Health claims for food made in Australian magazine advertisementsFaculty of Health and Behavioural Sciences - Papers (Archive)
AbstractAim: The aim was to describe the level of health claims being used in magazine advertisements, the categories of foods carrying health claims and the types of benefits being claimed for particular foods or food ingredients. Data were compared to similar studies of food labels and internet sites to reflect the impact of rule governance of the different media and highlight implications for the current proposed changes in food standards legislation. Methods: From January to June 2005 a survey of all print advertisements for food in Australia’s 30 top-selling magazines was undertaken. The results were compared with those from a 1996 survey of health claims in Australian magazines and more recent surveys of claims for food on product labels and on internet sites. Results: The survey found 29.5% of 390 advertisements for food carried a health claim. Many of the claims were high-level claims (29%) or therapeutic claims (8%) which are not permitted by current food standards. The most common benefits being promoted related to cardiovascular disease, energy, cancer and weight control and most claims referred to the effect of the whole food, rather than specific ingredients. Results were similar to previous studies of food labels and internet sites. Conclusions: Health claims are being used widely in the print advertising of food products in Australia. Moreover, the presence of high-level and therapeutic claims in this media bears significant implications for the implementation of rules governing health claims on foods across the different media.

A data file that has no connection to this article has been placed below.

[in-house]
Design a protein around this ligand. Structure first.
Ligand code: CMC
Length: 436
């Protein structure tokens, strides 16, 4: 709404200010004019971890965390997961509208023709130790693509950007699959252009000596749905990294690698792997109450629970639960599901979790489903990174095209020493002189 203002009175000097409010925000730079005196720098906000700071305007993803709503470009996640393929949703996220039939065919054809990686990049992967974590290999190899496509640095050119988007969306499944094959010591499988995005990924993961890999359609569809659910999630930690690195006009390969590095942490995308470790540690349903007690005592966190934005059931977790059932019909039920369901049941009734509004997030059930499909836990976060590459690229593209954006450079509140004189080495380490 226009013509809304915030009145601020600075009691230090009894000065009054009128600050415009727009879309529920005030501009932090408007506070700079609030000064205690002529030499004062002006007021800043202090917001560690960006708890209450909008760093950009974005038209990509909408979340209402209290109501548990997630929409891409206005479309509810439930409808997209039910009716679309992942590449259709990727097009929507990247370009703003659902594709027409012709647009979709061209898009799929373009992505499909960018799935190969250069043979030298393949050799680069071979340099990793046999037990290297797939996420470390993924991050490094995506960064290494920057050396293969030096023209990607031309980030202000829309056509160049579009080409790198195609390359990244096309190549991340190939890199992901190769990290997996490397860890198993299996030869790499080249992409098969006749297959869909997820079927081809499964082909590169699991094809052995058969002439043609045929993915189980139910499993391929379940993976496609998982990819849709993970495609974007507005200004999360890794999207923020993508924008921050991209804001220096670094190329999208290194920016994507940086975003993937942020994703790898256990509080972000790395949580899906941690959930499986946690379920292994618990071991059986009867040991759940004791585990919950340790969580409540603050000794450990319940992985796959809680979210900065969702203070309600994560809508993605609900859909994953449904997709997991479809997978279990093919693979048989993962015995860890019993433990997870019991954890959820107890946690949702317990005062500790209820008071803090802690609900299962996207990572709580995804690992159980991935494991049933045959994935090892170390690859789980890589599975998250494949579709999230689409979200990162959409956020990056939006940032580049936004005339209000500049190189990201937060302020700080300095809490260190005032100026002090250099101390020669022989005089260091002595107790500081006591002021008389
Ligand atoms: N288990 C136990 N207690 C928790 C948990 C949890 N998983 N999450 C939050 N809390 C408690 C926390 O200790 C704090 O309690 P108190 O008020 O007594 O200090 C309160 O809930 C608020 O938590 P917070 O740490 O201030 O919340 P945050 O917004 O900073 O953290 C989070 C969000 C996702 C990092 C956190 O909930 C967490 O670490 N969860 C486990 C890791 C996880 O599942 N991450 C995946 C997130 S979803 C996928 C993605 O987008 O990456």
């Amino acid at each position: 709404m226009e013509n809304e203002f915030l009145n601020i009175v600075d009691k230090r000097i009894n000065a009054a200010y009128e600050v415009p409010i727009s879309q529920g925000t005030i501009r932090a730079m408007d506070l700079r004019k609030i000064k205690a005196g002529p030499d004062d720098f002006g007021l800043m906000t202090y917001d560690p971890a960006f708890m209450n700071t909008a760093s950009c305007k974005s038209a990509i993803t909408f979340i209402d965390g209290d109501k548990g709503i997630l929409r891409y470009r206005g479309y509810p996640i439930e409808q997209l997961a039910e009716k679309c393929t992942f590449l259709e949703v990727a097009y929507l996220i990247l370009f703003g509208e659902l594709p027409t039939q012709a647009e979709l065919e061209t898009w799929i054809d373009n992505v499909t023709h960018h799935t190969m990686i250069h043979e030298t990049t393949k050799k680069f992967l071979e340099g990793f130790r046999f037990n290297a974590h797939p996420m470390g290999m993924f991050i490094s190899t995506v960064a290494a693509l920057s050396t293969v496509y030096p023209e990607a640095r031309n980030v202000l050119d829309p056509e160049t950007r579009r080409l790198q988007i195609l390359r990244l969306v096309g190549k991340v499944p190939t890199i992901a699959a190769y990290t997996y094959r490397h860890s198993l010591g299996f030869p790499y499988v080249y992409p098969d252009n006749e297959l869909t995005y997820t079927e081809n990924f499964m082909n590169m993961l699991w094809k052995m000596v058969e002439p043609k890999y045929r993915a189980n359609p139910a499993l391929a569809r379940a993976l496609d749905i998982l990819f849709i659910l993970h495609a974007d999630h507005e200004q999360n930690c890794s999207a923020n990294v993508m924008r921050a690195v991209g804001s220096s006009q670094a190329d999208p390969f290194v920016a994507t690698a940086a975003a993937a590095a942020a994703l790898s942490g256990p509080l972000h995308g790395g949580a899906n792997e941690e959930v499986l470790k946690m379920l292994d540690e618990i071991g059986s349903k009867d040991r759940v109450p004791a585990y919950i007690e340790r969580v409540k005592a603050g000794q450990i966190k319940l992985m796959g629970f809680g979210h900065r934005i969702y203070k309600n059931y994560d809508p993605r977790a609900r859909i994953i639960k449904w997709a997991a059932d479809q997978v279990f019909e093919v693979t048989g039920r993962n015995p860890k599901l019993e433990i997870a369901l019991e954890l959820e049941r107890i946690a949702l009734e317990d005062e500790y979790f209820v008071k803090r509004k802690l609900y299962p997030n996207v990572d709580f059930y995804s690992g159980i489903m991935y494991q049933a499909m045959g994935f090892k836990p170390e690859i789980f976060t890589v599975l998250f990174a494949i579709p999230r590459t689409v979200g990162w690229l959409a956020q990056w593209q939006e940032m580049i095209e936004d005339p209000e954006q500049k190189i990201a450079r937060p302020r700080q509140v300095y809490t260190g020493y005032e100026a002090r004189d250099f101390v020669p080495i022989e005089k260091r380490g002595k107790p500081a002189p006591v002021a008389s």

Citation InformationP. G. Williams, Linda C. Tapsell, Sandra C. Jones and K. McConville. "Health claims for food made in Australian magazine advertisements" (2007)
Available at: http://works.bepress.com/l_tapsell/5/